Conventional weight loss advice often revolves around counting calories. However, although caloric intake does have a high correlation with weight gain—or loss—the counting approach hasn’t proven effective for most people. Neuroscientist Dr. Stephan Guyenet shares what is more likely to work: shifting your food quality and food environment. By understanding common craving triggers and how your brain causes you to feel full, you can painlessly lower your caloric intake. Get his tips for best results in this episode.
I started finding out that eating behavior and obesity has a lot to do with the brain. In fact, the brain is really the central organ to understanding eating behavior and obesity. For my postdoc, I moved into studying the neuroscience of obesity. We were working with animal models and trying to understand the brain circuits that regulate body fatness and how those get modified in the context of obesity. And during the course of this whole journey, I was learning things that I felt were both very informative, and also not widely known in the public. I was coming across all this information that I thought was so incredibly informative, and was common knowledge in my field of science. Yet, these questions were still being asked in the public sphere. The information really wasn’t out there, and people seemed to have little idea of what was going on.
So I decided to try to move some of that knowledge from the scientific sphere into the public sphere. And I got a lot of traction doing that. People seemed to respond really well to me writing about it on my blog. And ultimately, I turned it into my book, The Hungry Brain, which was the first general-audience book that I’m aware of to focus on the cause of overeating and obesity from a brain centric or neuroscience perspective. I consider myself to be quite lucky to be the first person to crack open that topic in a somewhat comprehensive way to a general audience.
I also want to mention while we’re on this topic that I’ve started a website called Red Pen Reviews that publishes expert reviews of health and nutrition books. Basically, we’ve completely redesigned the book review process and created a structured, semi-quantitative review process that actually numerically scores books on scientific accuracy, reference accuracy, and healthfulness. And gives you basically a score bar at the top of the page that you can check out and very efficiently get useful information about the information quality of a book. This problem that you’re talking about is huge problem, and that’s the initiative that I and some other nutrition scientists have started to begin to address that problem.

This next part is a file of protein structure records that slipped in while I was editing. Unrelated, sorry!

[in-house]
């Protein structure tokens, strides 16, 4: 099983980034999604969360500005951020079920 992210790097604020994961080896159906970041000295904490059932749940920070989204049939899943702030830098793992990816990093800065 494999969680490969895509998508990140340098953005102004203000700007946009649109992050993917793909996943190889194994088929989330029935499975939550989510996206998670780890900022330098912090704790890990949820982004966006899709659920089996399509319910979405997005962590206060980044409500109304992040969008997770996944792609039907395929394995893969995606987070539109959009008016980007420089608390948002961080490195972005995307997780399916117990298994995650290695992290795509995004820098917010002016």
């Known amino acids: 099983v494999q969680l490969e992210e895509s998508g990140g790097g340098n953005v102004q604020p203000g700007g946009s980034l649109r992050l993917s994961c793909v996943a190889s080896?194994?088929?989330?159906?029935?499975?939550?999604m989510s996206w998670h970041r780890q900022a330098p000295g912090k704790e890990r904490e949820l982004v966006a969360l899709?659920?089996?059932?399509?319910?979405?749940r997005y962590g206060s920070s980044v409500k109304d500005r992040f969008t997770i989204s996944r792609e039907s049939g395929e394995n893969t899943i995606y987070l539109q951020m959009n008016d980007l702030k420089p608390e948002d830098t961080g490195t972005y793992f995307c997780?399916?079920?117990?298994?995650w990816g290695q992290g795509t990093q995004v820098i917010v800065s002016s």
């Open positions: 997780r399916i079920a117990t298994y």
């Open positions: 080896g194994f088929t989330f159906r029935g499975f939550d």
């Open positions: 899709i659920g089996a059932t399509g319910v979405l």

If you’re someone who has low scientific standards, you could make what looks like a compelling argument for fiber to sell someone on using that fiber to lose weight. But if you were disciplined and you are not cherry-picking the data and citing the highest quality data for that realm, it’s much more difficult to formulate a misleading argument. However, it is difficult for a layperson to be able to determine the difference between what looks like a scientific reference and gobbledygoop in terms of the reference itself. To determine this PubMed abstract is better than the other one. So what you are doing is hugely helpful for the consumer. You’re allowing the consumer to outsource that to you, so as to be able to assess the veracity of given claims. And I think that’s just fantastic.
Some people will tell you calories in and calories out is an antiquated model. It doesn’t matter. Calorie restriction or deprivation diets don’t work in the long term. People lose weight and then they regain it. And then other people would have you believe that you need to be following a calorie-restricted diet. I think there’s some nuance here, but I’ll hold that. I’m curious to get your thoughts starting from a high summary level, does there seem to be a good correlation between calories in and body composition, or is it not that direct?
That’s not to say that there is nothing other than calories that impacts body fatness. There may be other things. A lot of these studies that have been done, they’re just not giving us very precise estimates, they’re not quantifying precisely what the impacts and different factors are. And we haven’t tested a whole bunch of different factors. I’m not saying that there can never be anything about food other than calories that can impact our body fatness, but that’s the only thing that’s been really convincingly demonstrated right now.
I want to take a step back here because I think people tend to conflate two different concepts as part of this debate. There is the concept of the mechanism. Like what is the mechanism by which food impacts body fatness? And then there’s the concept of what is the best practical route to losing body fat. And those are two different questions. Calories are more useful, I believe in one context than in the other. Calories are very useful in explaining the mechanism by which weight loss diets work. Any weight loss diet, if you accurately measure the number of calories people are eating, that number goes down as they lose body fat. In very tightly controlled situations where you’re reducing people’s calorie intake, their body fat goes down. It doesn’t matter whether you’re reducing that out of carbohydrate or out of fat, none of that seems to matter very much. The main thing that matters is calories.